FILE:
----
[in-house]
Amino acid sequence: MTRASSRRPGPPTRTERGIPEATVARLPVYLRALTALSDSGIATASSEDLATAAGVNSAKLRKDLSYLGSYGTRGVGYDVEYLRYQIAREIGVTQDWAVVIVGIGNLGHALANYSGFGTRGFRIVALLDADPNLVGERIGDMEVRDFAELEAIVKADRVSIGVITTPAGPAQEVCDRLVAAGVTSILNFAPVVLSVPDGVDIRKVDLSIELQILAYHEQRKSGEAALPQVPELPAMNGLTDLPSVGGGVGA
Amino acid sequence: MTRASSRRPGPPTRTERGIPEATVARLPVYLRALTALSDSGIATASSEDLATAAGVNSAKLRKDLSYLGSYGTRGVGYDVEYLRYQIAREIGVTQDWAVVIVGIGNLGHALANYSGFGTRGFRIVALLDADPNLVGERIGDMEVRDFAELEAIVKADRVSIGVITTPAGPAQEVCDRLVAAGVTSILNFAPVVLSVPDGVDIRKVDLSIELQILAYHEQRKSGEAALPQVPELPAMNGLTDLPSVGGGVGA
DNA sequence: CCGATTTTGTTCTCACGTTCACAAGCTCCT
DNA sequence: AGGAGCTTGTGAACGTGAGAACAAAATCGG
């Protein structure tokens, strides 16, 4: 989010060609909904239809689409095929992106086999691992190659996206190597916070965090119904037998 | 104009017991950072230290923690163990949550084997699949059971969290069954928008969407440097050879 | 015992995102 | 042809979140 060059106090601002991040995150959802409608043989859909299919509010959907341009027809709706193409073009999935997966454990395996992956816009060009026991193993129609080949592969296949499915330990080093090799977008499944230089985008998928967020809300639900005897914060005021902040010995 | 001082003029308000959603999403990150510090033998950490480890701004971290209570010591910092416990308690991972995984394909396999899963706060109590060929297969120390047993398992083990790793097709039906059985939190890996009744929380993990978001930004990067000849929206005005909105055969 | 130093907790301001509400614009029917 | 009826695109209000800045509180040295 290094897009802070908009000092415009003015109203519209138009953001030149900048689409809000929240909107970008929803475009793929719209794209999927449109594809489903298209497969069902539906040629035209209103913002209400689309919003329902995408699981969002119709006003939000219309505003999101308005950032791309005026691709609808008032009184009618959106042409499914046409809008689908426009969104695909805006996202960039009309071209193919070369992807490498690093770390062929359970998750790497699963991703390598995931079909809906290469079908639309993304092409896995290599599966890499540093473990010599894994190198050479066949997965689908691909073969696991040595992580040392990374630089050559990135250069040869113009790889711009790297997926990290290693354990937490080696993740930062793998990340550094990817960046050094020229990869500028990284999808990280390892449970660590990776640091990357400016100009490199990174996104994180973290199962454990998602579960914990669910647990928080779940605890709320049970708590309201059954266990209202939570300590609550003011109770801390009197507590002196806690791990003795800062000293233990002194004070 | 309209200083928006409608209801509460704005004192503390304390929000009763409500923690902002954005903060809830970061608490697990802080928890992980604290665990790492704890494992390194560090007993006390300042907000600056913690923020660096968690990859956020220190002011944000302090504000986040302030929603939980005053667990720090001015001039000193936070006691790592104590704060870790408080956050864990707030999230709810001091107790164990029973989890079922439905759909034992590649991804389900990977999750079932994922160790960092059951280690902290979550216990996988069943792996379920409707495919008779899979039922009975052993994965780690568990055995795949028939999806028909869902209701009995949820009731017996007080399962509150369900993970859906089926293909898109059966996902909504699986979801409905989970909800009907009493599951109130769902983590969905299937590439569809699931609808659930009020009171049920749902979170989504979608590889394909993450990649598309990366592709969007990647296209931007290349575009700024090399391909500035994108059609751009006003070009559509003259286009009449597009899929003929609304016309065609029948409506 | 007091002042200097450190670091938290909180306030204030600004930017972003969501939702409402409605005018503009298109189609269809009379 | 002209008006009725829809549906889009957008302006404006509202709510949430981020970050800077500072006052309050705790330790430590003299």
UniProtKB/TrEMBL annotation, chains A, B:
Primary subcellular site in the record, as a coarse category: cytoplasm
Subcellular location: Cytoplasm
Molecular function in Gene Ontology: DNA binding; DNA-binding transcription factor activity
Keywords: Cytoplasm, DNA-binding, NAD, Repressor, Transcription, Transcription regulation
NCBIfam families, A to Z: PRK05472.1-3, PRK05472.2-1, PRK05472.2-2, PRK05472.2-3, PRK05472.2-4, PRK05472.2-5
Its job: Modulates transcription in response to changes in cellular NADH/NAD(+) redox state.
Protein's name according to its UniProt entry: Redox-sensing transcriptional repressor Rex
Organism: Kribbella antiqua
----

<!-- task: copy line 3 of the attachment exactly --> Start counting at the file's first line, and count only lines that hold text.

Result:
Amino acid sequence: MTRASSRRPGPPTRTERGIPEATVARLPVYLRALTALSDSGIATASSEDLATAAGVNSAKLRKDLSYLGSYGTRGVGYDVEYLRYQIAREIGVTQDWAVVIVGIGNLGHALANYSGFGTRGFRIVALLDADPNLVGERIGDMEVRDFAELEAIVKADRVSIGVITTPAGPAQEVCDRLVAAGVTSILNFAPVVLSVPDGVDIRKVDLSIELQILAYHEQRKSGEAALPQVPELPAMNGLTDLPSVGGGVGA